If Ullrich, Basso and anyone else involved in Puerto want to clear their names they could easily test their DNA against the blood found. If they doubted the character of the labs they could have their own representatives present during the testing (I believe as Floyd did during the test of his B sample). The fact that they chose to hide behind lawyers instead speaks volumes.
Congratulations to John Bridger for finally putting the UCI's ProTour experiment into perspective. The UCI has seriously ‘crossed the line', from being just an administrator, into the muddied waters of event risk management and the proprietary ownership of specific events.
The Grand Tour race promoters have proprietary ownership of their events, carry all of the event risks, exercise monopoly control, and are focused on the expected financial return (be it a profit or a loss). Ownership means power, and ownership generates potential risks and returns. The UCI must be naïve in the extreme to think that the Grand Tour promoters would swallow UCI interference with the proprietary ownership of their various events.
As a Grand Tour promoter, it's impossible to work in an environment where your event risks (and subsequent profits or losses) are somehow dictated to you by a world governing body. The UCI has made a fundamental mistake – you can't control what you don't own.
UCI has no power #2
I disagree with John. The UCI is trying to increase revenues for all interests in cycling, not just ASO. By creating a group of races where all teams will race, sponsors from across all countries will be interested in sponsoring races across borders, riders benefit from higher minimum salaries, team owners can justify higher monies from sponsors with interests beyond their own countries. ASO just sees their vested interest diluted.
I will don my trusty tin-foil hat and suggest that the reason Puerto was shelved has more to do with some of the non-cycling names that surfaced (read:football) than anything else.
It appears that the "leaders" of professional cycling and the major cycling events have been taking massive amounts of HSH, Human Stupidity Hormone.
The symptoms of this abuse include making rash and incoherent statements, canceling then reinstating events, sudden turnarounds in the middle of negotiations, and amazing next-day pronouncements that all will be well. The long-term effects can be a reduction of credibility and higher unemployment for racing cyclists.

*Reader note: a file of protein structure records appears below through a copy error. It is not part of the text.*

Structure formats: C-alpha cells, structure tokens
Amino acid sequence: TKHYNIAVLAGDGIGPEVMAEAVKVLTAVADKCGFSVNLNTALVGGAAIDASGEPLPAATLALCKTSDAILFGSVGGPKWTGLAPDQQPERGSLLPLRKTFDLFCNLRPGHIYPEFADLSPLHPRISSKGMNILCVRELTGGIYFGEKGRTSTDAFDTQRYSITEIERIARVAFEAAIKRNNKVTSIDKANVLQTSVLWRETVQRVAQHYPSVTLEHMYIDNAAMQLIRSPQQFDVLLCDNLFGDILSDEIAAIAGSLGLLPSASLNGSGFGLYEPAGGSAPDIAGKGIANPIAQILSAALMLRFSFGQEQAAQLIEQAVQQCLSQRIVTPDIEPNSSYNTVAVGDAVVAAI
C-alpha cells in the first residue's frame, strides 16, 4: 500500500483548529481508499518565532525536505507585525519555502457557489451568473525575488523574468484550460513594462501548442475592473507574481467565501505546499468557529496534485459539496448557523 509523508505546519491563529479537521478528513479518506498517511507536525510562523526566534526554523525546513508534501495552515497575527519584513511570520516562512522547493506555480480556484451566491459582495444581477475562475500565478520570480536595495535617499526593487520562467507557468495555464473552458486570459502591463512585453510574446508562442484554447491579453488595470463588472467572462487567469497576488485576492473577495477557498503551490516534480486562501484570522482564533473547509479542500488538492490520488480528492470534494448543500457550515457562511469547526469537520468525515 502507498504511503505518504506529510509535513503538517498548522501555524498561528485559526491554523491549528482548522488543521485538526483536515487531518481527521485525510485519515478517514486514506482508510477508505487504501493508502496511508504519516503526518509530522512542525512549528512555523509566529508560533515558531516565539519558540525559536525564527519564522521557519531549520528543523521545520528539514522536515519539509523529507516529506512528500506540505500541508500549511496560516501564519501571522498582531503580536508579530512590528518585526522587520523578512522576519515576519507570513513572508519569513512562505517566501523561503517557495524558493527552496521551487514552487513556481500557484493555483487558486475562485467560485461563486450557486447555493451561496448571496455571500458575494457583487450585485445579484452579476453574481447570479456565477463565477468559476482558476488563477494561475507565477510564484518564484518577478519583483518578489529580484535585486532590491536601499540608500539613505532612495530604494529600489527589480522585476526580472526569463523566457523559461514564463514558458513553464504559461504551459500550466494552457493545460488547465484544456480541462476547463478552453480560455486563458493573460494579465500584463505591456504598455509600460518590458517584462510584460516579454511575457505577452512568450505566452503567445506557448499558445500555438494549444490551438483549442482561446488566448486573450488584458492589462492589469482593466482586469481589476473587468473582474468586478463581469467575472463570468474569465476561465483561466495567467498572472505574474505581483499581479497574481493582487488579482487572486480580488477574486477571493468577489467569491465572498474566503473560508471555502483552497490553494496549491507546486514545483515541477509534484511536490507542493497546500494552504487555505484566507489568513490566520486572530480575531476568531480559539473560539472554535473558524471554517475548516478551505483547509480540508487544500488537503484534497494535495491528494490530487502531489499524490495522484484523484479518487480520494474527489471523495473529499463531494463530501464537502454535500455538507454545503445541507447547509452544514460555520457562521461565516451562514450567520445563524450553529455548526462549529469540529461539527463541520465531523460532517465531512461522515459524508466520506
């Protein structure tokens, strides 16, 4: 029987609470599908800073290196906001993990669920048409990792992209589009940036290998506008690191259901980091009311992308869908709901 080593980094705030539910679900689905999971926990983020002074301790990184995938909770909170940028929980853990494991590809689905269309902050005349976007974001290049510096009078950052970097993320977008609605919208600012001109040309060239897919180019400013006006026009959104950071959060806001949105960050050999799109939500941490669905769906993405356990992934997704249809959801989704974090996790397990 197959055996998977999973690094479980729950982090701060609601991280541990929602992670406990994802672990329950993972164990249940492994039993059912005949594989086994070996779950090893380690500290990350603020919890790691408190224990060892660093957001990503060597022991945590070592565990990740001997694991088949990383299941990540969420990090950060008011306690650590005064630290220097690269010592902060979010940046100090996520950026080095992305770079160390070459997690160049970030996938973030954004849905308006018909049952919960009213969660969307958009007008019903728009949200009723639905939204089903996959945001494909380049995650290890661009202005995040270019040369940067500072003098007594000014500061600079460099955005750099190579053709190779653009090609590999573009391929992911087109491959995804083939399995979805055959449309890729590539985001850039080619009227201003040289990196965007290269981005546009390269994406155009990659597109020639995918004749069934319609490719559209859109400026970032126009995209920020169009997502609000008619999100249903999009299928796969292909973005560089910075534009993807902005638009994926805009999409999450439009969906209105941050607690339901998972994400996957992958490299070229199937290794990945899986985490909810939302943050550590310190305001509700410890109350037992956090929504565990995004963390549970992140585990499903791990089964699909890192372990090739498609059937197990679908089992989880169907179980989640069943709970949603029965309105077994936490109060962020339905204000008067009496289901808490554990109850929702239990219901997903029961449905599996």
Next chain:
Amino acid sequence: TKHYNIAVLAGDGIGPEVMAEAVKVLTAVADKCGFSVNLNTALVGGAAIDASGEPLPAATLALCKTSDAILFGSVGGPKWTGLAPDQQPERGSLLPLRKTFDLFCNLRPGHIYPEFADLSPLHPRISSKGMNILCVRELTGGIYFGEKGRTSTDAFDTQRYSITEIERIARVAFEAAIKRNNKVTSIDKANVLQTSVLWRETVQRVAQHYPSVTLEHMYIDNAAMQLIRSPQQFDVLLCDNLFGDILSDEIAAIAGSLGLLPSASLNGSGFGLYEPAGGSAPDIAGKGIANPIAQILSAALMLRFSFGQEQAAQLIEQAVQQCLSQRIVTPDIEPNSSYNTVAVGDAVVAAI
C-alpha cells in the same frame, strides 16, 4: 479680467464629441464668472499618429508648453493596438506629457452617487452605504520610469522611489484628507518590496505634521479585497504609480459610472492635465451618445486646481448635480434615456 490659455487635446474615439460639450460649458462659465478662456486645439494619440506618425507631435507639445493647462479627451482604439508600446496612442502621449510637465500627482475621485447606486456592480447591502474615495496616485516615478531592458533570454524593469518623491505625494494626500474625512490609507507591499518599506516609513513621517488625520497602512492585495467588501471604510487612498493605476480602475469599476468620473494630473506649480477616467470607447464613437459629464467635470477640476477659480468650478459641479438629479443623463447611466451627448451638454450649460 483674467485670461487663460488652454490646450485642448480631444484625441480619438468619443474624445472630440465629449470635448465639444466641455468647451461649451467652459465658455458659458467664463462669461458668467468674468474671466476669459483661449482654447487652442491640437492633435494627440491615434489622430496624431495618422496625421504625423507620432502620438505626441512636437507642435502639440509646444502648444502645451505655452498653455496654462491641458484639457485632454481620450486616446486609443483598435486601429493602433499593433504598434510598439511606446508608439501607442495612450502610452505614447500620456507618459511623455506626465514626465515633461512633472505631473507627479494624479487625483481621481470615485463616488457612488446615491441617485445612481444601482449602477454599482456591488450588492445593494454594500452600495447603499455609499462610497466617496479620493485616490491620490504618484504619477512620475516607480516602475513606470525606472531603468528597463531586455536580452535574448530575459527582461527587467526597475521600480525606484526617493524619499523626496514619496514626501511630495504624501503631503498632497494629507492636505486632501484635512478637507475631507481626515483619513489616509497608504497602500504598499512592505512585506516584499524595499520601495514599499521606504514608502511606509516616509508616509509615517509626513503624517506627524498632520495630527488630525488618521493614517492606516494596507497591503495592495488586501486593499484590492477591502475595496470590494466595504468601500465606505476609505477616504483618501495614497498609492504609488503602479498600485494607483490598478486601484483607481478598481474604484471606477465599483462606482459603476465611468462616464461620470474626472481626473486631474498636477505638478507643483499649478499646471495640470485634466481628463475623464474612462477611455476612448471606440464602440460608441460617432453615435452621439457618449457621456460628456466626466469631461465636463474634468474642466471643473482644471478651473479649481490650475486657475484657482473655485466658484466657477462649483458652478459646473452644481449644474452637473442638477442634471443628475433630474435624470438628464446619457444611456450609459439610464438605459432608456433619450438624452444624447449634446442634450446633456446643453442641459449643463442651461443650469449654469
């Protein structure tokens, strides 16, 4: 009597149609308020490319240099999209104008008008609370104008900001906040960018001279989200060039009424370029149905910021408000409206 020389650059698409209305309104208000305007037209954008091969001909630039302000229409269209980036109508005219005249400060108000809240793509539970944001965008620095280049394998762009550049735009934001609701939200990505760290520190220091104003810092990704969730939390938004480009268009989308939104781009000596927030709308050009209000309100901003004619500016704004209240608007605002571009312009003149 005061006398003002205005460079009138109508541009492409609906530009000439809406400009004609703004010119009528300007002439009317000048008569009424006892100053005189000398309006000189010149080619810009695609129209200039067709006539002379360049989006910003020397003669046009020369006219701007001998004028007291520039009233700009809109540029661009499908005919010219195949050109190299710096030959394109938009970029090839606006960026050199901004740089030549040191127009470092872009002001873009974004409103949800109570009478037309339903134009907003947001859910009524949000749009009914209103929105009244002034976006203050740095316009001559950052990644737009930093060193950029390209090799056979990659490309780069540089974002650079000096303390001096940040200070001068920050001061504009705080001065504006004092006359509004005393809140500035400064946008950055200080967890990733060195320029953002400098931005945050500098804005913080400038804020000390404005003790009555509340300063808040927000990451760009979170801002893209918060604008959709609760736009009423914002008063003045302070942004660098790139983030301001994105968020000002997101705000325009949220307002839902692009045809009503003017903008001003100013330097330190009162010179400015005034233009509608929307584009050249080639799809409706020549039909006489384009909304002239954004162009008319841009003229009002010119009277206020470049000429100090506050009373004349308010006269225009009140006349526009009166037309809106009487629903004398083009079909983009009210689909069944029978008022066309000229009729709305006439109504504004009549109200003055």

Thomas C. Ricketts
Can somebody please explain how the UCI can make the decision that a ProTour series of races will go ahead (this decision made after the Paris Nice fiasco) and a ProTour winner's jersey will be awarded, with the associated points awarded to other riders and teams when not all the ProTour teams and riders are allowed to compete?
Where is the sense, value, kudos and dare I say it legality, in running/winning that competition when all the protagonists have not been allowed to compete?
I think it is a disgrace that the governing body of cycling and the organizers of the major professional races in Europe are using the riders as pawns in their battle. If the riders of ProTour tour teams are truly behind the UCI, then why don't they hi-jack the organizers. Some riders state that they don't agree with what is happening to the Unibet.com team, but in the next breath, they say that they will ride Paris-Nice, because it is important training. Talk about garbage.
Every ProTour rider should go to Paris-Nice. Every rider should ride the first stage. On stage 2, all riders line-up at the start and when the gun goes off, every rider does not move. Use the race as a means of pressuring the organizers to allow Unibet.com to ride.
Riders, your voice needs to be heard.
I have not decided yet if I support the UCI or the race organizers. I used to be a cycling commissaire/race organizer/racer. I have seen many different sides of cycling. What I do know, is that if this battle is aloud to continue, then cycling as a whole will be hurt. That, I don't want to see.
I second the motion.
There is a whole world out here with routes just as interesting and scenic as anything in France, or Europe for that matter.
The UCI's caving in to ASO is a major mistake. They basically admitted they have no power. Oh well. Goodbye UCI.